As we transition into summer, I’d like to share recipes that celebrate the delicious simplicity of natural produce. Smooth zucchini with crunchy skin paired with juicy bell-peppers and summer squash slices make an easy meal that’s also filling. The key to this delicious meal is just freshness! We served these vegetables last night with whole-wheat rotini that we tossed with homemade tomato sauce and grated Parmesan….Continue Reading
Californians are used to enjoying spring weather– breezy sunshine, an occasional drizzle– beginning in late February. So when Easter Sunday in Cambridge brings us a high of 50 degrees Fahrenheit and chilly winds, we have to make a little sunshine of our own….Continue Reading
You would expect the best sushi to be in New York– at least in the United States. Well, I haven’t tried every sushi restaurant there is, but one indispensable house of sushi is most certainly O Ya Restaurant near Boston South Station. Tucked away a block or two from the iconic train station, this little place is doing huge things with the best fish in the sea.
It was breathtaking when I handled these fragile letters for the first time. I couldn’t believe that what was in my hands was nearly 120 years old, not to mention a significant part of Boston’s history. This was one of the many letters Robert Woods wrote to his professor, William Jewett Tucker, during his travels to England. The two would start a social settlement together in 1893. They would see men, women, and children in poverty come together in their community; their mission was to carry the spirit of the Social Gospel into Boston’s poorest neighborhoods.
It’s funny to think I’m writing my entire thesis on this preserved correspondence (and the ideas and institutions surrounding it), when it would only amount to a couple of emails today. Somehow the physical manifestation of their conversation– the yellowed paper, the nearly illegible cursive, the flaking edges– makes it seem more significant. And it helps that the library staff watched me like a hawk to make sure I didn’t take any “souvenirs” home with me.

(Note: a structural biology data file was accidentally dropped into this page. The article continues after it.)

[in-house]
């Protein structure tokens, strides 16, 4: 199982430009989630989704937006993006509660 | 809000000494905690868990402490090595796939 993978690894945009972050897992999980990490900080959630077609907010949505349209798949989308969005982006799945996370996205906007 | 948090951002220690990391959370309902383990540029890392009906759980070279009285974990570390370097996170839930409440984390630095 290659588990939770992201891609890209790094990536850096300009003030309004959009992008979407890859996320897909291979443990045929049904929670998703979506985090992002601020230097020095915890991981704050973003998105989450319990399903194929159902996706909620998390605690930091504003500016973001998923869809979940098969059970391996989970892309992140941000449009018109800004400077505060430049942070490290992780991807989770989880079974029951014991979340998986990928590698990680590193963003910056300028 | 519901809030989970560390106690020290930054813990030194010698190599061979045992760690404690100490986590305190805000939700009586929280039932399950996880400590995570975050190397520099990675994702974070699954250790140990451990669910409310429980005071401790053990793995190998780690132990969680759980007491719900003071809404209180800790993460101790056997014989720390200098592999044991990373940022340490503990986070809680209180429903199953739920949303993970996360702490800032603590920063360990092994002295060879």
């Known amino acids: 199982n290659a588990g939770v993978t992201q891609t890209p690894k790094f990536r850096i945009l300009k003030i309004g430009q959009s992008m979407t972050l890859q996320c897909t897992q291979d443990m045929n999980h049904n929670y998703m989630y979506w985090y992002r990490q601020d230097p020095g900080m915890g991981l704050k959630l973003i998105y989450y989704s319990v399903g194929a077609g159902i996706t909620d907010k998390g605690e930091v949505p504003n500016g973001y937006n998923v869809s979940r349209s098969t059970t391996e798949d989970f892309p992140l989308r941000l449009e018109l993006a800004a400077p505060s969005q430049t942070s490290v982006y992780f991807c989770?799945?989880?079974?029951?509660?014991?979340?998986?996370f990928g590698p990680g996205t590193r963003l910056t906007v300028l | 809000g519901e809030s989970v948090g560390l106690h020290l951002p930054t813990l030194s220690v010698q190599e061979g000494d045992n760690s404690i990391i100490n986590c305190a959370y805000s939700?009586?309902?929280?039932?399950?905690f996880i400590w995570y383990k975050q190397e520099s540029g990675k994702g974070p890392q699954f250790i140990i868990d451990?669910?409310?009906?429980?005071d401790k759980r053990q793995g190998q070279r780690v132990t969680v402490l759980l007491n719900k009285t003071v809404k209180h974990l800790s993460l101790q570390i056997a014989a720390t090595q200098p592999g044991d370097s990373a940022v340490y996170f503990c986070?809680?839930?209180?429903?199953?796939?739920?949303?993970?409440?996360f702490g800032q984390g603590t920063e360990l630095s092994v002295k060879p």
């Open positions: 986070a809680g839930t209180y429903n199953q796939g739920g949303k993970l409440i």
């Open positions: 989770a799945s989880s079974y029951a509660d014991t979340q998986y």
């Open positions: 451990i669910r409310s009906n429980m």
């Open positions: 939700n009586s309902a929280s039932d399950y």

I suppose I’ll look back nostalgically on the many hours in the archives in summer and fall 2013, months that now feel so long ago. A thesis is quite a hubristic task to take on, if you think about it. Trying to turn decades of ideas, developments, and relationships into 100 pages of writing is not unlike swallowing an elephant. But surely this is more about my journey than theirs… I can’t presume to capture the complexities of their experience with my limited, unexperienced vision. I suppose the process will deserve some reflection, after the huge sigh of relief that will likely last the entirety of spring break.
I’m writing because there’s some cosmic pressure on my shoulders. Completing a senior thesis never occurred to me as a way to risk my intellectual confidence, sanity, and sense of identity on something no one will ever read. The irony is almost as worth writing about as the thesis topic itself.
Desperation has always inspired me to create. There’s something about that release of tension during a crucial moment, when we fight against the “oughts” and relish in the glory of just existing. After writing this brief inaugural post I’ll probably return to a pile of articles yet to be read and analyzed. But for now, I’m setting up this blog– as the beginning of a new outlet.
Who knows what’s going to be on this website, available for all the world to see? I won’t worry about it now. Maybe it will include my favorite recipes, lifestyle advice, fun photographs and nostalgic musings here and there; perhaps it will become something far more specific. The open-endedness is thrilling. Like a rush of wings over calm morning water.